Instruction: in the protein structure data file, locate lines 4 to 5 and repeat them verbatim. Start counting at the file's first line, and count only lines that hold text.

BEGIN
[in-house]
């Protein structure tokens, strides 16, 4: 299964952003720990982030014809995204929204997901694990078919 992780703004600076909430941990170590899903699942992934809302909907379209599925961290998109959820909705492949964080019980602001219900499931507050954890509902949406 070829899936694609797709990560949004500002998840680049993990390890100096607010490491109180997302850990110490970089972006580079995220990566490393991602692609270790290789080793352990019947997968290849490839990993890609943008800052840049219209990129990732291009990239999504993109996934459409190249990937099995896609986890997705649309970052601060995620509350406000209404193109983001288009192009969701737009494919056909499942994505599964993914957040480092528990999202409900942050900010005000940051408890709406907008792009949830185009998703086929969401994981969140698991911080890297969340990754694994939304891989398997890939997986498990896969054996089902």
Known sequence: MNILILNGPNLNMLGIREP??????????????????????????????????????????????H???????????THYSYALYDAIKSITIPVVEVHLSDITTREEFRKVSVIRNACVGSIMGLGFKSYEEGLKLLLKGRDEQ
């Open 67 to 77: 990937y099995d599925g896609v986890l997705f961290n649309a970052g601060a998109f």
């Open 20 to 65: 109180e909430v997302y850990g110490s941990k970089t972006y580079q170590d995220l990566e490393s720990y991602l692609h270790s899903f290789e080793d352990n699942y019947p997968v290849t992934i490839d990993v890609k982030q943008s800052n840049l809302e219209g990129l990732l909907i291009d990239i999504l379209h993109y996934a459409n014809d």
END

């Open 67 to 77: 990937y099995d599925g896609v986890l997705f961290n649309a970052g601060a998109f």
């Open 20 to 65: 109180e909430v997302y850990g110490s941990k970089t972006y580079q170590d995220l990566e490393s720990y991602l692609h270790s899903f290789e080793d352990n699942y019947p997968v290849t992934i490839d990993v890609k982030q943008s800052n840049l809302e219209g990129l990732l909907i291009d990239i999504l379209h993109y996934a459409n014809d």